Plus, film technology isn't standing still either. And those pesky film manufacturers are making improvements all the time.


Personally, I think this is all great fun.

anonymous2
2003-05-14 11:03:25
double-blind testing
Any results provided by an 'audiophile' that isn't from a double-blind test is worthless. When the 'audiophile' starts the review of his results by claiming that *not* doing the test double-blind is a *good* thing, you know you are dealing with an idiot.


Would anyone approve of medical tests that ignored the overwhelming evidence of very real placebo effects?


The only people who "get it" less are those that compare perceptual codecs with waveform analyzers.


I hate the term 'audiophile' as the only audio these people love is the sound of their own voice. Kids with transistor radios and people who understand the joy of having 1,000 songs in their pocket are the real audiophiles, not borderline-autistic chauvanists whose 'golden' ears prevent them from enjoying music on any equipment tainted by actually being available to the hoi polloi.

anonymous2
2003-05-14 11:41:56
"realistically speaking"?
If Mac OS X, "realistically speaking," is "a subscription service," as you say, then what, pray tell, isn't a subscription service?


Are books the same as a newspaper, because I'll eventually want to read another one? If my flashlight a "subscription service" because I'll eventually have to buy new batteries?


And this ignores the fact that I'll *never* have to buy the next for-pay release of Mac OS X, as long as I'm happy with what I have.


I'm not sure "realistically" means what you think it means. :-)

anonymous2
2003-05-14 15:52:44
"realistically speaking"?
I'm new to this site. Is the sarcastic tone from the previous poster typical here?
derrick
2003-05-14 17:16:30
"realistically speaking"? Attitude
I think you'll see that most of our TalkBack contributors are quite gentile, and are really trying to join in a conversation. Others, well, you know...
derrick
2003-05-14 17:26:08
double-blind testing -- heh
I don't necessarily agree with your acerbic response.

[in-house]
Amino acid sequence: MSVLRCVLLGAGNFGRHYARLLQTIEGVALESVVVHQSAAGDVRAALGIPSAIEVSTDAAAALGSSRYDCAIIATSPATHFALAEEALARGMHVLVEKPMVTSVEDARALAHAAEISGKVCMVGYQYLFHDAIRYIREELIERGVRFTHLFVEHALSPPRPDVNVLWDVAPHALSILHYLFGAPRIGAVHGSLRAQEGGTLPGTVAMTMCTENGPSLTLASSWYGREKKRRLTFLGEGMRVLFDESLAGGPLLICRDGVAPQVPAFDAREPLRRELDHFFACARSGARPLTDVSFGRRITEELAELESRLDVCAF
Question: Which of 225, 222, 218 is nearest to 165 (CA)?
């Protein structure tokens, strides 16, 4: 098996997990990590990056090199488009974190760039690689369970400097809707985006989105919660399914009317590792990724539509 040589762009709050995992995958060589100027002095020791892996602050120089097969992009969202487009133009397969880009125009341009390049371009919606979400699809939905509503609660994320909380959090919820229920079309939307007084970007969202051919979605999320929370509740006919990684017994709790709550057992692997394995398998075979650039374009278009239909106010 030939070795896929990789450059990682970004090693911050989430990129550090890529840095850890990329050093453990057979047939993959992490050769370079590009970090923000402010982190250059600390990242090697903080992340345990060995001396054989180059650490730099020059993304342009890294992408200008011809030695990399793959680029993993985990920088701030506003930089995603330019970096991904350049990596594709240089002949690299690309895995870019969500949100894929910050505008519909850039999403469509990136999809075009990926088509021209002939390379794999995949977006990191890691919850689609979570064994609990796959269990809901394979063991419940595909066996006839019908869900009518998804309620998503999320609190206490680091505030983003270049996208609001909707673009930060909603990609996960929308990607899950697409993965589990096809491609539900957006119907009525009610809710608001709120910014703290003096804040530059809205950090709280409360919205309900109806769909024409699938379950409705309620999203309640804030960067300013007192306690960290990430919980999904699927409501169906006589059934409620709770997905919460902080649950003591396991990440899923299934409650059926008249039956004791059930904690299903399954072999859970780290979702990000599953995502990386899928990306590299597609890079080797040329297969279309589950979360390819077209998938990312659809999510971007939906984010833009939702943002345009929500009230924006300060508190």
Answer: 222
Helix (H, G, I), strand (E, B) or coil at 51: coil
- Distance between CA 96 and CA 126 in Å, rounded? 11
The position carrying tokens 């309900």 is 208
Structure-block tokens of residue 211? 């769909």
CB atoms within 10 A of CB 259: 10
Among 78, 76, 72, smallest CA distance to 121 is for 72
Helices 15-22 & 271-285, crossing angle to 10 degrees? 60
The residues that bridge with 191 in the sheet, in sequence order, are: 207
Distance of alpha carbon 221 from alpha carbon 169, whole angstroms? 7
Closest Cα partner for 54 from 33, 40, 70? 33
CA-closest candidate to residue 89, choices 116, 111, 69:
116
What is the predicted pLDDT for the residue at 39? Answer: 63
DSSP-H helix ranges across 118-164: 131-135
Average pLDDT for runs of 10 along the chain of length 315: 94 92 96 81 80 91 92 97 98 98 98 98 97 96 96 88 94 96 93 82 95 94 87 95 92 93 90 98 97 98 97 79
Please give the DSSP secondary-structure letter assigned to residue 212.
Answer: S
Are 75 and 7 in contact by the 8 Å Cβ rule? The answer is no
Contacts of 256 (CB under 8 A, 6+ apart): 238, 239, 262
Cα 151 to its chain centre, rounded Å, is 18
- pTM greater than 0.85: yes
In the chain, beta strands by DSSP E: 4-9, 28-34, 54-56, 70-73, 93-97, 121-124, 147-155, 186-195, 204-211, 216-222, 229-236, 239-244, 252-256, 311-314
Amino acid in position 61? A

We're having a nice friendly chat about codecs, not trying to determine if major surgery is required. Regardless of what testing method is used, the results are going to be that 128 MP3 isn't quite as good as 128 AAC, and that neither are as good as CD quality.


But, we don't always need CD quality. I just had a nice two hour drive back from meetings at Apple, and my iPod sounded great the entire way plugged into my car stereo system. Many of the tunes were from the Music Store.


BTW: I haven't seen the Cupertino folks this excited since the original iMac. We talked music on every break.

anonymous2
2003-05-17 15:43:45
Not parallel
The correct parallel question is: "Will digital audio replace vinyl records?". The answer for digital photography is equally clear, and it will happen sooner than you think.


The other question that you ask is about distribution format. And there also, the answer is that online audio distribution will indeed completely replace physical media. But not yet. Apple's offering is only one step in that direction.


For video, the switch to digital will take even longer. But it will happen. First in format. Then in distribution.

anonymous2
2003-05-21 09:00:25
"realistically speaking"?
You're right; my tone was sarcastic and out-of-place, for which I apologize.
anonymous2
2003-09-04 20:37:43
double-blind testing
what is double-blind testing?
philpot
2003-12-16 05:21:22
Foveon X3
I have tried contacting Kodak who make the sensor currently in the Olympus E-1. The question: are you looking into 3-layer devices like "Foveon". Not even an acknowlegement, they went quiet. I think that if Foveon hold solid patents then unless the others buy the rights or find workarounds we may see this taken up slower than it's excellence would suggest.
I read with curiosity that Foveon have returned to the microprosms solution with their SD10 with no mention of the shortcomings inherent in three-depth colour sensing. I have seen no reference to any explanation for this
philpot
2003-12-16 05:22:28
Foveon X3
I have tried contacting Kodak who make the sensor currently in the Olympus E-1. The question: are you looking into 3-layer devices like "Foveon". Not even an acknowlegement, they went quiet. I think that if Foveon hold solid patents then unless the others buy the rights or find workarounds we may see this taken up slower than it's excellence would suggest.
I read with curiosity that Foveon have returned to the microprosms solution with their SD10 with no mention of the shortcomings inherent in three-depth colour sensing. I have seen no reference or any explanation for this. Anyone know what's what?